After these values are specified, each parameter is calculated according to the following formula:
|Min and Max Scale||The scale mean value of scattered objects depends on the minimum and maximum scale mean values and the image mask values: the mask values are used to linearly interpolate between the minimum and maximum scale values.
The clutter objects will be scaled as follows:
|Offset||Height offset parameter controls whether all objects are positioned at one height or some are found higher or lower. For example, with offset stones can be dug deep into the ground so that only a small top is visible, or placed higher and look bigger.
Rotation Y Rotation Z
|These parameters allow to randomly orient the scattered objects.
Masking Areas with Objects
Besides scattering the meshes evenly across the whole area, a mask for their positioning can be used. It controls where the meshes should be placed.
|Image Mask||Mask determines areas across which the objects are randomly scattered and areas where there will be no objects from the list. For example, on the terrain a mask allows to scatter stones across the rocky areas, while leaving the grassy ones free from rocks.
To paint the image mask directly in the scene, use Mask Editor.
|Threshold for mask||To control the strength of masking, a mask threshold is used. It checks the masked density for an area and if a threshold value is higher than the color value of the mask, objects are scattered across it. If the masked density is not enough, the places is left bare.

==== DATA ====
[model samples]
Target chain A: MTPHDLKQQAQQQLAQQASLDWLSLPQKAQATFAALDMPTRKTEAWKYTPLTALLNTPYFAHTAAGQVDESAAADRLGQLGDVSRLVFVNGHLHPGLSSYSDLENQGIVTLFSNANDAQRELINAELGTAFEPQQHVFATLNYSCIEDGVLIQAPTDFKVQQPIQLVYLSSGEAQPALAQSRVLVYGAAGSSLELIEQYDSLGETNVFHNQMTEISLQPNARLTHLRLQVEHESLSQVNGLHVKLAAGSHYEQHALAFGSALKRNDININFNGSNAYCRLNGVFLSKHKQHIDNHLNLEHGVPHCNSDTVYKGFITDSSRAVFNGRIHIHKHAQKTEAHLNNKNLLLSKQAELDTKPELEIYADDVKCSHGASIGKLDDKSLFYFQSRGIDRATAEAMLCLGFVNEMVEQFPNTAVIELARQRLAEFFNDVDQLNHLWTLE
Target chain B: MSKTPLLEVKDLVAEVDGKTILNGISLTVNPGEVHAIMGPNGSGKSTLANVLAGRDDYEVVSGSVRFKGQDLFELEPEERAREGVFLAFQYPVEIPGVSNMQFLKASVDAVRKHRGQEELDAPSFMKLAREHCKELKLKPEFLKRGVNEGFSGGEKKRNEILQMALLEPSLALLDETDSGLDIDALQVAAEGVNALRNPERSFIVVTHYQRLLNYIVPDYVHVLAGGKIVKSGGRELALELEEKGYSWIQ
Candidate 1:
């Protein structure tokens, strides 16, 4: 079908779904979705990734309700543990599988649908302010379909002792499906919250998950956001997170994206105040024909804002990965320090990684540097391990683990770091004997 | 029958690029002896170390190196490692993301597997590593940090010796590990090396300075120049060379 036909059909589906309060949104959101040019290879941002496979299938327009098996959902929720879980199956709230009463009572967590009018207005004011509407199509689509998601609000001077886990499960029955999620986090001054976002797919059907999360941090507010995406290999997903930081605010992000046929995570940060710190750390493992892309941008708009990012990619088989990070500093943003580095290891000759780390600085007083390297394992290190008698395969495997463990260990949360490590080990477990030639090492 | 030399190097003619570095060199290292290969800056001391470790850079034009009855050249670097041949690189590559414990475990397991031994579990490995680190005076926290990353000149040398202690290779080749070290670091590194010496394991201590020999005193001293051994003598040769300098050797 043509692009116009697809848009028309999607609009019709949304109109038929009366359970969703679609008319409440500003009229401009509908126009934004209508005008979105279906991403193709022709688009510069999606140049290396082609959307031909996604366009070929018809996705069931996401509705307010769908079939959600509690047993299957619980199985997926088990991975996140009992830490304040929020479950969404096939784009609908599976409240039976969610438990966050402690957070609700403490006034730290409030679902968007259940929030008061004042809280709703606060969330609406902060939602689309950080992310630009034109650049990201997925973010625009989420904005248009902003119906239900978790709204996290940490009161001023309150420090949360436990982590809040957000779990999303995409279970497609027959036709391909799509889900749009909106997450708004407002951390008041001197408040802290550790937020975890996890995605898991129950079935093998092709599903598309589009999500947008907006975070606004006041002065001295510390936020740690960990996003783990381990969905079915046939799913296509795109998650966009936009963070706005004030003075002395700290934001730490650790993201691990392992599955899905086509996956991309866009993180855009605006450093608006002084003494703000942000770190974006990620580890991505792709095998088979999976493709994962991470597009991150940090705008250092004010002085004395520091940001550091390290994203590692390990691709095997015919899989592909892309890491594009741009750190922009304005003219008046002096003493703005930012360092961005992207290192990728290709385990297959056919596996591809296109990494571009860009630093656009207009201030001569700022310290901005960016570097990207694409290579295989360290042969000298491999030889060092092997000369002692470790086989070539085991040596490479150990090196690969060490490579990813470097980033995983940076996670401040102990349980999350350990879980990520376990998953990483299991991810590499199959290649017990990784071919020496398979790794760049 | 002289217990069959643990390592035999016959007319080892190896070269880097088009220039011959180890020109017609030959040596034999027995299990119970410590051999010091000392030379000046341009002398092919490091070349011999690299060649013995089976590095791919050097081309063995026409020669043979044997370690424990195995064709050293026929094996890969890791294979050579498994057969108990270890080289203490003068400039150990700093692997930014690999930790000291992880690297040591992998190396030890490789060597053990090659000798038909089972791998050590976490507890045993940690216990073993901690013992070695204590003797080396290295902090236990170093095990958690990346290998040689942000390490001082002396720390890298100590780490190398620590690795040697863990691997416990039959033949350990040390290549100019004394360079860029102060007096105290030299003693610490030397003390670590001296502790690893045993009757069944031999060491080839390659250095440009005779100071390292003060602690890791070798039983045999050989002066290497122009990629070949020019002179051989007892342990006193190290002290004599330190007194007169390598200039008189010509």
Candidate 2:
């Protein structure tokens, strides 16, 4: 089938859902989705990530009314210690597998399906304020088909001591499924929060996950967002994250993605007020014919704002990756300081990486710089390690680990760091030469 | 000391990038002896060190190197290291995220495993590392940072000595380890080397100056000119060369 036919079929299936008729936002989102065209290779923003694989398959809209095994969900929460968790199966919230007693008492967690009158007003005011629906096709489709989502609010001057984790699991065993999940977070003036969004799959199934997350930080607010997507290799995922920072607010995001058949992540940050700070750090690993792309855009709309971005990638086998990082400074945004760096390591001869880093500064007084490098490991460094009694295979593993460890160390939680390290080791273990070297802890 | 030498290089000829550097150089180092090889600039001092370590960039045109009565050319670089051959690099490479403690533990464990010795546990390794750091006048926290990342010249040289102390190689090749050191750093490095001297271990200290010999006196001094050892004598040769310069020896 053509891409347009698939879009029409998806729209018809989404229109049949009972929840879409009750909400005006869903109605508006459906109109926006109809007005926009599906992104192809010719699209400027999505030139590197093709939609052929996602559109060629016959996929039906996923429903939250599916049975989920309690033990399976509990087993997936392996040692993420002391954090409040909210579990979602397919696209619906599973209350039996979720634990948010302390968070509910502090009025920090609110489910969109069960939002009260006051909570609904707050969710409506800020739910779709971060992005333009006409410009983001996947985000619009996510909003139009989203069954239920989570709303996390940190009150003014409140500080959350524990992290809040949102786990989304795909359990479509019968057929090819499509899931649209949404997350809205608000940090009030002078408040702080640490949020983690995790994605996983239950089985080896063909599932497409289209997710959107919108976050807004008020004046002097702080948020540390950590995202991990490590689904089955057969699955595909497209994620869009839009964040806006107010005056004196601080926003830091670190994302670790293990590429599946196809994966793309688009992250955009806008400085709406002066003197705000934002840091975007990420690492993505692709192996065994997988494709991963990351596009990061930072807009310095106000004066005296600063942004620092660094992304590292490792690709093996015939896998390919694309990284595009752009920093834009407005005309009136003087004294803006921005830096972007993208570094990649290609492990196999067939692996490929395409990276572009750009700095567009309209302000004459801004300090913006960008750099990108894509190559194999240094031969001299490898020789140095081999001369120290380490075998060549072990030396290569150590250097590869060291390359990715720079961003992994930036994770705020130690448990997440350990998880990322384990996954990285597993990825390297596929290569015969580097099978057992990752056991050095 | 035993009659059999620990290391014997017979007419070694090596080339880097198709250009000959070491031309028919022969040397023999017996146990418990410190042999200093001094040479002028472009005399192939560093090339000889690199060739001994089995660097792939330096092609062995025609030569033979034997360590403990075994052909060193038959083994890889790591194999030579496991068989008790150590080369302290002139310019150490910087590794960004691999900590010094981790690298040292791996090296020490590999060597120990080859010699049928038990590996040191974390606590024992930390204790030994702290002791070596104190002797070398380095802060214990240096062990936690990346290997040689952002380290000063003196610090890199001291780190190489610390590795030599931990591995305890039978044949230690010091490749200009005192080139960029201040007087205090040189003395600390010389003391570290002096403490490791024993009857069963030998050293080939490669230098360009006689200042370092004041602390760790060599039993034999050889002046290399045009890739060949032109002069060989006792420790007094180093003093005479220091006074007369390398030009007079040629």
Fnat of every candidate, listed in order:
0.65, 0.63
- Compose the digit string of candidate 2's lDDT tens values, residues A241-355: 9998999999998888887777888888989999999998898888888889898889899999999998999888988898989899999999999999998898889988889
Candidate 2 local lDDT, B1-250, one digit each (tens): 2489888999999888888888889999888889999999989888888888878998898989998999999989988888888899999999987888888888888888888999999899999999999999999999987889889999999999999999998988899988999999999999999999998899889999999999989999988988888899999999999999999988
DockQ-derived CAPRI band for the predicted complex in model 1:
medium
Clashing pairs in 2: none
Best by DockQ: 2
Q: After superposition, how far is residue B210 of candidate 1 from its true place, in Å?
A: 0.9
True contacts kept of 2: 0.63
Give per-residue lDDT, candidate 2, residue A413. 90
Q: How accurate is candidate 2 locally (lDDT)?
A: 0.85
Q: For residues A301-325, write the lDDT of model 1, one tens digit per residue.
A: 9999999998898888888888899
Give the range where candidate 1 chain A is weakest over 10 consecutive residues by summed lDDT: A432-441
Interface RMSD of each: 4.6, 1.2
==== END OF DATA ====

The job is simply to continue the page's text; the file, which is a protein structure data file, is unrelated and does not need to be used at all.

|Mesh Mask||A mesh-based mask can be used to place the objects. Vector masking allows not to depend the mask texture resolution and create roads, rivers, etc. with extremely high precision. A mesh for masking should be a simple planar mesh.
Mesh used as a mask
|Inverse||The Inverse flag toggles if the objects are placed inside or outside the mesh contour.
|Cutout Intersection||Cutout bit mask. This mask is used to cut out the clutter meshes in the areas of intersection with objects and decals (e.g. can be used to remove vegetation under houses or from the surface of roads projected using decals). Clutter meshes will be cut out by objects and decals that have their intersection masks matching this one (one bit at least).|
|Cutout Inverse||Toggles the value that indicates whether the clutter meshes should be rendered inside or outside the areas determined by the cutout intersection mask.|
Orienting along the Relief
Mesh Clutter can also scatter objects along the relief. For that, an underlying surface should me made a parent of the Mesh Clutter node. (If there are some nodes in the hierarchy between a terrain or mesh node and Mesh Clutter, intersections will still be checked.)
A parent for intersection can only be a terrain or a mesh object. The mesh should be terrain-like, i.e. it should have only one surface vertically, along the Z coordinate.
|Intersection||After the Intersection box is checked, objects will be scattered across the surface of the parent object.
|Orientation||This option allows to set a parent surface normal vector as the initial orientation for scattered objects. It means, if the surface in some place is vertical, the up direction for objects over will be actually pointing to the side.|
|Angle||Just like in the case with grass, the scattering can take into account how steep the slope is.